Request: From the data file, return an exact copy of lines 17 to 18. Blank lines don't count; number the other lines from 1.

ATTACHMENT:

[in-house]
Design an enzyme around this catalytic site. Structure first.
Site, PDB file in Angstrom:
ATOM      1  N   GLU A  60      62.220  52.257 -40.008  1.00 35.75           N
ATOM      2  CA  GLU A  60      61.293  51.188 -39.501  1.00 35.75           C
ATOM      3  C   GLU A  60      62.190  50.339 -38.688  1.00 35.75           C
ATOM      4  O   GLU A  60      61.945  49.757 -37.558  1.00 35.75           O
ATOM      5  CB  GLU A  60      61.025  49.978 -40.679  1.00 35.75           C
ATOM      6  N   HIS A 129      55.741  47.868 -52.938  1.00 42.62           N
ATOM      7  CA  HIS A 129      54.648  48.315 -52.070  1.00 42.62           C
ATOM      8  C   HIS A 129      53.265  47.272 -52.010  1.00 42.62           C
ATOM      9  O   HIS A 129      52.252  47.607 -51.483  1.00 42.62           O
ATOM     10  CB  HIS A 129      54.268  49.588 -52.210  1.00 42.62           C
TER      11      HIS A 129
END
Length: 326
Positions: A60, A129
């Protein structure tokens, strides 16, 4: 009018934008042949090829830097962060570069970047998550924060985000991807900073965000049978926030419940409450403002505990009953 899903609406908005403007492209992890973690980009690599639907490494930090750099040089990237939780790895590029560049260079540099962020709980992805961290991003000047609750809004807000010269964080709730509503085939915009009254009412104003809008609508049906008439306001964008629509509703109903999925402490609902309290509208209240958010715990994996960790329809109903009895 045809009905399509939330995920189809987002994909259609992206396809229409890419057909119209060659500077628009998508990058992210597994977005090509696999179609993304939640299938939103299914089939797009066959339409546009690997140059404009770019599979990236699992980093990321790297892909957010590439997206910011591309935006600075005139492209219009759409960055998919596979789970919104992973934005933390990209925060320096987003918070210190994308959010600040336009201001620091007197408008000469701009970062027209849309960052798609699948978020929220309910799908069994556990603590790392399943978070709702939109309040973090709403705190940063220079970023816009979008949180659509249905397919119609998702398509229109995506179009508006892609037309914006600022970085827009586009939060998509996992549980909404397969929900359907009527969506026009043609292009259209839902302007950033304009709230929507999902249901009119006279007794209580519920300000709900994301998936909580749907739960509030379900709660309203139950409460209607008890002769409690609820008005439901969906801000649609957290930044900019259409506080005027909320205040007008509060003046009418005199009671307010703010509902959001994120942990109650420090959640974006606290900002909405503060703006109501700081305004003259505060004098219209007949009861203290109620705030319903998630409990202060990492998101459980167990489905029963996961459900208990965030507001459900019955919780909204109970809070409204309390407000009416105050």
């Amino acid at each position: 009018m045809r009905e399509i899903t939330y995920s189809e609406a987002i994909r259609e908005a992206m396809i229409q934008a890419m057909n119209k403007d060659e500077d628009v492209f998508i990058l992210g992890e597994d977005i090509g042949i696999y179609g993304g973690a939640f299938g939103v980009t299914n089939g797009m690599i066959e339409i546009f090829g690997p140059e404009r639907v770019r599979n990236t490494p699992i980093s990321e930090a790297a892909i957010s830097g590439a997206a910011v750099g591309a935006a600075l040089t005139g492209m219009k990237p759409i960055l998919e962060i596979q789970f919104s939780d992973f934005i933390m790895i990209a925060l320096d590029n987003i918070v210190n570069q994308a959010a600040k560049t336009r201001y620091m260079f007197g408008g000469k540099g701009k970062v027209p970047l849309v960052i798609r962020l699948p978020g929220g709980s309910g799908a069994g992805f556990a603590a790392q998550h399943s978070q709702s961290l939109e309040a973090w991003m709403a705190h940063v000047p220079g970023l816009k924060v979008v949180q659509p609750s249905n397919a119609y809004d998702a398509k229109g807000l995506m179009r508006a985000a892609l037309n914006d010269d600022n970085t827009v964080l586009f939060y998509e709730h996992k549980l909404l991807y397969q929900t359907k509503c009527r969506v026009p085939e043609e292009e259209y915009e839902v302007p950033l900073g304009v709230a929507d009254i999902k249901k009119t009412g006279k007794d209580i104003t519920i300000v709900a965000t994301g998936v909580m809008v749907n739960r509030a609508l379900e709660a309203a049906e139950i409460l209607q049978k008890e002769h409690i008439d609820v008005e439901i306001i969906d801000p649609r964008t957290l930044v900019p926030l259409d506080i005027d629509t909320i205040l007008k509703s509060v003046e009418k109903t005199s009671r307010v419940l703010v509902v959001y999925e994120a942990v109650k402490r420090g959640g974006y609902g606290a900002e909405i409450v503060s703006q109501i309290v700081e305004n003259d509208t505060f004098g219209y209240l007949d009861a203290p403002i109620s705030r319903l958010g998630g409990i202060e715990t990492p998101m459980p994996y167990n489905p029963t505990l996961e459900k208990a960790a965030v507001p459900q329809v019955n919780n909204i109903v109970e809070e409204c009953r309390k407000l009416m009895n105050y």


Positions: A60, A129
């Protein structure tokens, strides 16, 4: 009018934008042949090829830097962060570069970047998550924060985000991807900073965000049978926030419940409450403002505990009953 899903609406908005403007492209992890973690980009690599639907490494930090750099040089990237939780790895590029560049260079540099962020709980992805961290991003000047609750809004807000010269964080709730509503085939915009009254009412104003809008609508049906008439306001964008629509509703109903999925402490609902309290509208209240958010715990994996960790329809109903009895 045809009905399509939330995920189809987002994909259609992206396809229409890419057909119209060659500077628009998508990058992210597994977005090509696999179609993304939640299938939103299914089939797009066959339409546009690997140059404009770019599979990236699992980093990321790297892909957010590439997206910011591309935006600075005139492209219009759409960055998919596979789970919104992973934005933390990209925060320096987003918070210190994308959010600040336009201001620091007197408008000469701009970062027209849309960052798609699948978020929220309910799908069994556990603590790392399943978070709702939109309040973090709403705190940063220079970023816009979008949180659509249905397919119609998702398509229109995506179009508006892609037309914006600022970085827009586009939060998509996992549980909404397969929900359907009527969506026009043609292009259209839902302007950033304009709230929507999902249901009119006279007794209580519920300000709900994301998936909580749907739960509030379900709660309203139950409460209607008890002769409690609820008005439901969906801000649609957290930044900019259409506080005027909320205040007008509060003046009418005199009671307010703010509902959001994120942990109650420090959640974006606290900002909405503060703006109501700081305004003259505060004098219209007949009861203290109620705030319903998630409990202060990492998101459980167990489905029963996961459900208990965030507001459900019955919780909204109970809070409204309390407000009416105050």